Rosamma Thomas| TNN |
- The e-Point of Sale (PoS) machines are programmed to read fingerprints of those registered to receive subsidized grain, connect to the Aadhaar database over the Internet and authenticate the recipient.
- Rajasthan was among the first states to implement the Food Security Act in 2013.
To deal with the problem of abrupt increase in prices of pulses, the Centre will look for creation of a buffer stock..
Jaipur: They were meant to ease processes and clean up corruption in distributing food grain to the poor. Instead, the e-Point of Sale (PoS) machines have thrown up more problems than solutions.
Each of these devices costs roughly Rs 17,000. They are programmed to read fingerprints of those registered to receive subsidized grain, connect to the Aadhaar database over the Internet and authenticate the recipient.
Clearly, things aren’t playing out to script. In the past two years, over 1.4 crore beneficiaries have been dropped from the list, without being informed. Transaction summary data released by the state government shows that for the month of May , only 44.4 lakh transactions occurred for wheat grains. “That’s less than half the number of those eligible, not counting those whose names were deleted,” says Nikhil Dey of Mazdoor Kisan Shakti Sanghatan.
Rajasthan is the second state after Andhra to switch over to this technology . At the recent ‘Jawab Do dharna’ in Jaipur, old women vented their anger against the new machines.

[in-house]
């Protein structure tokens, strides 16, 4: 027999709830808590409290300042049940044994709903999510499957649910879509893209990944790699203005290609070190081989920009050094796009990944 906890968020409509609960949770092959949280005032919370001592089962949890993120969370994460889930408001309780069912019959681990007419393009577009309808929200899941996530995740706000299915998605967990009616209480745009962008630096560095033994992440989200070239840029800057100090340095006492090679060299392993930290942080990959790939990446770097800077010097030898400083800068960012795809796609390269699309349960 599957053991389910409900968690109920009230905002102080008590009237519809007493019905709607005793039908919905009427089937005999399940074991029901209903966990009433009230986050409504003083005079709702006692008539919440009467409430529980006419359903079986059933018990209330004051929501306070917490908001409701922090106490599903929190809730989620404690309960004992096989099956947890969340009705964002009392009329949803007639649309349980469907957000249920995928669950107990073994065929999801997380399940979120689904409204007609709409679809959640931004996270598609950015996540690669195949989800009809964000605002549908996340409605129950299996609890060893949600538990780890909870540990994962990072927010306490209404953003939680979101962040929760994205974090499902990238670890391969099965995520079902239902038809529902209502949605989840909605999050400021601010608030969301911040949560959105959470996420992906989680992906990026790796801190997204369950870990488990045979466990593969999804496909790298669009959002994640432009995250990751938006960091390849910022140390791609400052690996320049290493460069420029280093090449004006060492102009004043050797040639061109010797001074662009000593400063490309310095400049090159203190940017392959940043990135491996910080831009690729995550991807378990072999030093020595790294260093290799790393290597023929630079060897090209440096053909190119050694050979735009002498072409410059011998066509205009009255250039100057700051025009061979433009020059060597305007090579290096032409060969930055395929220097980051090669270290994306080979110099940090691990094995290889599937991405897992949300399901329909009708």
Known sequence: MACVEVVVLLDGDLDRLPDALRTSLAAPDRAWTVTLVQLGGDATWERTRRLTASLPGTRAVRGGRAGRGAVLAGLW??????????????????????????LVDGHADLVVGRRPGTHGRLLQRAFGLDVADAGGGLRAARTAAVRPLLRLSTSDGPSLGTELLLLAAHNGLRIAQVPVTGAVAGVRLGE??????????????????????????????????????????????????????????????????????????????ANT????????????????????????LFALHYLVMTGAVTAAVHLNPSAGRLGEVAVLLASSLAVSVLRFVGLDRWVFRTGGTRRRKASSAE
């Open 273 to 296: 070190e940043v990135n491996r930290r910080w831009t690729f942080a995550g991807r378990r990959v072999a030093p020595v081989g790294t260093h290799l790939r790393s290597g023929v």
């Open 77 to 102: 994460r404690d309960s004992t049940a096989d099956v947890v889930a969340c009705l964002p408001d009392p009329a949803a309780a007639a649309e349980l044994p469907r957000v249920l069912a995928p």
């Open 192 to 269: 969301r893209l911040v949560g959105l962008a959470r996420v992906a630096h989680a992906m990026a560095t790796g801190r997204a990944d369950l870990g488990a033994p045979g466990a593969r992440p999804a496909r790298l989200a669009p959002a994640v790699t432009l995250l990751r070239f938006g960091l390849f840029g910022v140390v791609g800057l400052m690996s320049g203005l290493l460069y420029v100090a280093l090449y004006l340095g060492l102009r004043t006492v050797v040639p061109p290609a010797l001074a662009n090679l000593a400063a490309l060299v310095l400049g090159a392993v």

Daily wagers complained they spend days at ration outlets trying to squeeze out supplies from the ‘impossible machines’. The long, fruitless wait forces them to skip work and end up losing wages. Hard manual labour flattens fingerprint patterns on the palm.Chances of the machines detecting them are really dim.
These patterns also fade with age. “I’ve never been a manual labourer, but at 70 the lines on my fingers are faint and the device never works with me too,” says Aruna Roy of MKSS.
Vaishali Devi of Kishangarh tehsil, Ajmer, complains she’s been deprived of ration and pension for over three months. She was at the Jawab Do dharna in Jaipur for 20 days. With her was fellow villager Vanni Bai. For three months, she hasn’t been able to collect her quota of supplies.
Shishir Purohit, a researcher who’s travelled through the state’s 33 districts, says: “On an average, only 20 people take home rations each day. Poor internet connectivity slows the system. Often, the line snaps. Hundreds keep making attempt after attempt without any assurance that they’ll take home rations.”
The Aadhaar Bill became law on March 16. Well before that, by January this year, distribution of ration under the Food Security Act was made compulsory through Aadhaar in Rajasthan. “The rules of the Act have not been notified,” says Dey .
Rajasthan was among the first states to implement the Food Security Act in 2013.Three years later, dealers are yet to receive lists of eligible households. Dealers find their hands tied, for now they’re not allowed to use the manual system to distribute grain. “The administration allows dealers leeway to use the manual system only towards the end of the month. By then, the tired daily wager has most likely given up, and his grains could well be given out to someone else,” says Dey.
The built-in redress mechanism is totally out of sync with ground reality . In principle, the Unique Identity Authority of India, implementing agency for Aadhaar can issue a one-time password to the ration seeker’s mobile phone if the system fails. Many using the system can’t afford mobile phones; some don’t remember the number registered on their Aadhaar.http://timesofindia.indiatimes.com/city/jaipur/Machine-fails-to-read-fingerprints-1-4cr-Rajasthanis-go-without-ration/articleshow/52948427.cms